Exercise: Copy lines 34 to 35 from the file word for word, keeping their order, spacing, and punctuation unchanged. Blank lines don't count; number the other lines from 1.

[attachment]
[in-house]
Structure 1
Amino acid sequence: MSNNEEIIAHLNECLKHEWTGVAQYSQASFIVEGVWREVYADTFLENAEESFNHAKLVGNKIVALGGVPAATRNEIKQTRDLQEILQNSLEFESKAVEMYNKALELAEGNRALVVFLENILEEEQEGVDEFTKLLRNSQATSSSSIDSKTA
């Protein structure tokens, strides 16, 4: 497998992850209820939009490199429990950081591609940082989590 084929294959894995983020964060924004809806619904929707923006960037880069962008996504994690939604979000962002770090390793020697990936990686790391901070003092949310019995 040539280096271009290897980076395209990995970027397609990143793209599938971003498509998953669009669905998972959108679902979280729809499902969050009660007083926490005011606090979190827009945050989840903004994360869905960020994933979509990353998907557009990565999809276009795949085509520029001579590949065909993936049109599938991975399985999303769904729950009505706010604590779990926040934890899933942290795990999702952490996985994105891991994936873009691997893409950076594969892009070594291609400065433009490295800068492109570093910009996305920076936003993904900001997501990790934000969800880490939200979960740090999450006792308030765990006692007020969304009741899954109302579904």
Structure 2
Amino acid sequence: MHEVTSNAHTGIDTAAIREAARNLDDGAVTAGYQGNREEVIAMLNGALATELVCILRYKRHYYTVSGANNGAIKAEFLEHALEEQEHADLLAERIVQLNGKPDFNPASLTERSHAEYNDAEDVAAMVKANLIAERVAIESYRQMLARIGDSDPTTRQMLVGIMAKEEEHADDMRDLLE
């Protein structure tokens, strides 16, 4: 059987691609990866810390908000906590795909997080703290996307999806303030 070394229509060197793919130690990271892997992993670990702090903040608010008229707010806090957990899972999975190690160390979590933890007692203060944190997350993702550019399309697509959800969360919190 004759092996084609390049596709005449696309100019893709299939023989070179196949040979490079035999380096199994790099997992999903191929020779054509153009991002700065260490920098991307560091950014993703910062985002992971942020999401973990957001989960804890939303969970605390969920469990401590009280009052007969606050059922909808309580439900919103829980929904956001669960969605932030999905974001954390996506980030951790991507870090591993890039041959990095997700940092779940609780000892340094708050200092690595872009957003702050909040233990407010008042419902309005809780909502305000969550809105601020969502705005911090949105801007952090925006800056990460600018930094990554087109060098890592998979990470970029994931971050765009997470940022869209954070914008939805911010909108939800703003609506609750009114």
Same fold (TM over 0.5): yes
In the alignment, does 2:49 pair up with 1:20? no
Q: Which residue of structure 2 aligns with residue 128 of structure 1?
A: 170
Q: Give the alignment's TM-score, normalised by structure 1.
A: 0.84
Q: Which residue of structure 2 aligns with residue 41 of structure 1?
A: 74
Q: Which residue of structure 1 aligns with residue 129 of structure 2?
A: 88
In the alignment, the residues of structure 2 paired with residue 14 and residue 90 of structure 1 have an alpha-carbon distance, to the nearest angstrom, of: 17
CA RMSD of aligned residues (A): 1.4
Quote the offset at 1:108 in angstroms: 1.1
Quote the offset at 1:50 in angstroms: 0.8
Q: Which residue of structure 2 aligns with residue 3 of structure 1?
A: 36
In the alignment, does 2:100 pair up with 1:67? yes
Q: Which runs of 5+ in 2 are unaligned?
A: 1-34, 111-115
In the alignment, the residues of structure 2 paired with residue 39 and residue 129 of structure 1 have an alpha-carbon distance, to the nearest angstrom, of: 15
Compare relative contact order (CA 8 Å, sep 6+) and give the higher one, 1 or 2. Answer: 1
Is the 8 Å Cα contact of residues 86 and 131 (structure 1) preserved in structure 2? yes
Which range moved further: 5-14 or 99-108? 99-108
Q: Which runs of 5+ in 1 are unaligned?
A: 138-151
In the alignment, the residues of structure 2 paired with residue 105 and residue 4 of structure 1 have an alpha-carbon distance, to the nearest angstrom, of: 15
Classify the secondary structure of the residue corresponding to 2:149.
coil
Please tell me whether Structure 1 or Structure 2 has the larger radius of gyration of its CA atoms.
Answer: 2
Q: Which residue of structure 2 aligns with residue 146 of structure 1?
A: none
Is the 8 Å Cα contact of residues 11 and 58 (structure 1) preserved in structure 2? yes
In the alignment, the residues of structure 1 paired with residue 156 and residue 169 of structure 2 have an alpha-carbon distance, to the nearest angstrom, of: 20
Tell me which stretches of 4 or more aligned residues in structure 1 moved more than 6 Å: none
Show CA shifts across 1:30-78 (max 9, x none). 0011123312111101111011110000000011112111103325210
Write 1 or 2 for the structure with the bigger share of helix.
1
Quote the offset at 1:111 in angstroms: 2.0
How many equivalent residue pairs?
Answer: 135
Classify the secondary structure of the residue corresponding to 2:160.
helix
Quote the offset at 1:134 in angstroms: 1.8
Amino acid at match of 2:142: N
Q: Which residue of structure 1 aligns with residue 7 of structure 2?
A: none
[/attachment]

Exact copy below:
Classify the secondary structure of the residue corresponding to 2:149.
coil